While we might not use the reclaimed construction material strategy for the building of our home and barndominium (we will likely be cutting down our own trees for those), that doesn’t mean that they won’t be useful and save us A LOT of money around the property. We needed these materials to winterize our portable RV garage, we’ll use the salvage materials to finish our hot tub deck and roof, and we’ll likely need to build some sort of structure to protect our building materials… none of which we want to buy materials for from Home Depot. We can even use reclaimed materials for smaller projects such as our DIY sawhorses.
Just days after the demolition we were able to put the reusable building materials to work when building an off the grid cabin! This cabin only cost us $300 to build when it could have easily cost us $3,000. This is what it looks like when you’re able to resuse construction materials.
Where to Find Salvaged Building Materials: How to Find a Demolition of Your Own to Take Advantage Of
We are not yet professional demolition finders, but we do have some ideas if you wish to do something similar. From what we understand, and from what folks around the internet have said, demolitions are happening every day but most of the perfectly-good materials are simply going to waste or are burned. Here are some things you can do to find a demolition to possibly take advantage of.
- Post a flyer around town: If you’re in a small town, try posting a flyer where you’re allowed (think a local building supply store), advertising that you’re looking to salvage materials from demolitions. You can even offer to pay a little cash because that could be a win-win for a contractor that wouldn’t otherwise receive additional cash to tear down a structure.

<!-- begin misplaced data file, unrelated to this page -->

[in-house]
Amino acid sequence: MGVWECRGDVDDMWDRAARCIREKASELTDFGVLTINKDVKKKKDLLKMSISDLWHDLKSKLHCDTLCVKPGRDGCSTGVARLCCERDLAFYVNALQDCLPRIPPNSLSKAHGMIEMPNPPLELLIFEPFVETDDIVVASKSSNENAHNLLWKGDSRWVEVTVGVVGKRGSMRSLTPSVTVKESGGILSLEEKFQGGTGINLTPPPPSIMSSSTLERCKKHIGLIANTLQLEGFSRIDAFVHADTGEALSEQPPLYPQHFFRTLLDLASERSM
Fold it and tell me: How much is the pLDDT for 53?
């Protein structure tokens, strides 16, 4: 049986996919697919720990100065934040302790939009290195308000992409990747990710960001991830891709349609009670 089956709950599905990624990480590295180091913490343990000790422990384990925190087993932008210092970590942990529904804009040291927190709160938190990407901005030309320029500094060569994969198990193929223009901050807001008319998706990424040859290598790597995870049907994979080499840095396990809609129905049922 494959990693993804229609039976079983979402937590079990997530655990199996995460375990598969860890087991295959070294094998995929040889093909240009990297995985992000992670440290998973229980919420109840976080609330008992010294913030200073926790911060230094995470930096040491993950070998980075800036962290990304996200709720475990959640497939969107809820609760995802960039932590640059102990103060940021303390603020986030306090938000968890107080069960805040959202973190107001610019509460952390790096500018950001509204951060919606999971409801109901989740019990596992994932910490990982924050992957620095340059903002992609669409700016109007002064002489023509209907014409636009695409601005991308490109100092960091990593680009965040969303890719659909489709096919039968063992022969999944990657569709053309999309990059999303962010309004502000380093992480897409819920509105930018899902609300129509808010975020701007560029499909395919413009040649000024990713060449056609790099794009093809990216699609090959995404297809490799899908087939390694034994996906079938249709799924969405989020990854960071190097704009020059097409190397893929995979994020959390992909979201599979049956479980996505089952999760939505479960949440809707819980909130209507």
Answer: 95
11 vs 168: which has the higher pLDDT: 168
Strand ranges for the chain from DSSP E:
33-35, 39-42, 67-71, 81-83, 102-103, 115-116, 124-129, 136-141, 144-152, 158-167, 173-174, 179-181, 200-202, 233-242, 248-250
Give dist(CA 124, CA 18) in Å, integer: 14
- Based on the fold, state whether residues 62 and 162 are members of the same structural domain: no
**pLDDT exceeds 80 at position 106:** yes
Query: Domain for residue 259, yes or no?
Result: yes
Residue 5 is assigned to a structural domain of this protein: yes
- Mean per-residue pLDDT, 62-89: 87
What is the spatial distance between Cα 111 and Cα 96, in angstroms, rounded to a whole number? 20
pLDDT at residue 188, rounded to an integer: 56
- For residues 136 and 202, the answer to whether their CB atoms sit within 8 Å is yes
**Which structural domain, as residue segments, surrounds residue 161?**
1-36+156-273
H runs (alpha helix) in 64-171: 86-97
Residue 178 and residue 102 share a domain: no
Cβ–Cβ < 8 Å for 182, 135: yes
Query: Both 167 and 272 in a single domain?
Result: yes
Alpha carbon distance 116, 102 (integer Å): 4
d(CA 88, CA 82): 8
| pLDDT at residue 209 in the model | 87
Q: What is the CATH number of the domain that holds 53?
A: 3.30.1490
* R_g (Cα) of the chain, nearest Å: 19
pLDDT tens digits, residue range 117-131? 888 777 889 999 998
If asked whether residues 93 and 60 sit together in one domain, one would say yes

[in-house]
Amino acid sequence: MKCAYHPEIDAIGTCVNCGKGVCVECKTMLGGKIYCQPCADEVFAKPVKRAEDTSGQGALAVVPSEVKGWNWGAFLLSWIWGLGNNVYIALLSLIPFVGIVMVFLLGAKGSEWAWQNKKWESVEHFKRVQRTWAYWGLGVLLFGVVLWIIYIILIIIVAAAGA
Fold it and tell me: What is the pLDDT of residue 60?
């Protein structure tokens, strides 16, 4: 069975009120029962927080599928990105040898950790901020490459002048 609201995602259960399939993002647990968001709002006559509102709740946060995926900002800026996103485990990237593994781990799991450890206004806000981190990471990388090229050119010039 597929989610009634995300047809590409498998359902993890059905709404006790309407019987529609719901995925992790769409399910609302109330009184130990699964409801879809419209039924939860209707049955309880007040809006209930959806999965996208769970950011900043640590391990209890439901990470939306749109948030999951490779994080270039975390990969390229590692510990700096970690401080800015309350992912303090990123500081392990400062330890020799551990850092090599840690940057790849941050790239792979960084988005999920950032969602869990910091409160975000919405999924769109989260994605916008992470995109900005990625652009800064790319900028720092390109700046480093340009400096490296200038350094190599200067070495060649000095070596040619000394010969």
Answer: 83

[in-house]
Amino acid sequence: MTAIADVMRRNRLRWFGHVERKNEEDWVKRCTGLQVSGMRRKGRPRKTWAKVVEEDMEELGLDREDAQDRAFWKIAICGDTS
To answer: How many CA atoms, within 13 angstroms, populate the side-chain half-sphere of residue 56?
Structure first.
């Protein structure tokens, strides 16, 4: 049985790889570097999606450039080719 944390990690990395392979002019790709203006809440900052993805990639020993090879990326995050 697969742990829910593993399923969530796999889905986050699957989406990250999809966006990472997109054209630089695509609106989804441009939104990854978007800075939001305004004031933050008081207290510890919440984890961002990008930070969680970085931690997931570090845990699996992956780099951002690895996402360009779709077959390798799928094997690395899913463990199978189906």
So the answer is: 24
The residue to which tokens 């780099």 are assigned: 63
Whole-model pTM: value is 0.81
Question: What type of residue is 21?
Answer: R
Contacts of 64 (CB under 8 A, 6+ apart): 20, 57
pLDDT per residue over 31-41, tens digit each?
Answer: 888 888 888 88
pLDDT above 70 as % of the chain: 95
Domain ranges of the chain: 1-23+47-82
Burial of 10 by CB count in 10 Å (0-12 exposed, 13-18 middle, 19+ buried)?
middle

- Call around to contractors and demolition companies: We’ve heard of other people simply calling demolition companies to see if they can get in on the deal before the house is turned into a big pile of rubbish. You may get a lot of no’s, but someone just may give you a ring if you can put the materials to good use.
- Search on Craigslist: Since we’ve lived in Idaho, we’ve seen dozens of buildings available for reclaiming. If someone is selling just the roofing (as is what happened in our case), ask them if the building is being demolished and see if you can’t reclaim some of the lumber. If you search “demolition” on Craigslist, you might not find anything, but you may find hints of a demolition in the “materials” section. Often, folks might not tell you the whole story because they may not think that anyone is interested, or it simply isn’t worth their time to advertise.
Tools We Used to Collect Reclaimed Construction Materials
In order to take advantage of a demolition, or to reclaim materials from an old building, you will have to a bit of disassembly and often, it’s easier to put things together than it is tearing them apart! If we would have found this opportunity just two weeks earlier, we wouldn’t have been able to take advantage of it because we didn’t have the tools we needed.
Every demolition may be different so tools you will need will vary. However, these are the life-saving tools we had for this particular demolition:
- 3000w generator: Many older buildings and homes may not have any power nearby, which means if you plan on using power tools, they won’t work! We took Honda Handi 3000w generator with us as well as a few extension cords and we were able to run every power tool that we needed, wherever we needed. We love that ours is 3000w because we are easily able to run multiple power tools simultaneously without it being too hard on the generator. We also love that it’s both lightweight and portable so that we can drag it to where we need because if we left it in the truck, our extension cords wouldn’t have been long enough! Check out our Honda Handi 3000w generator review.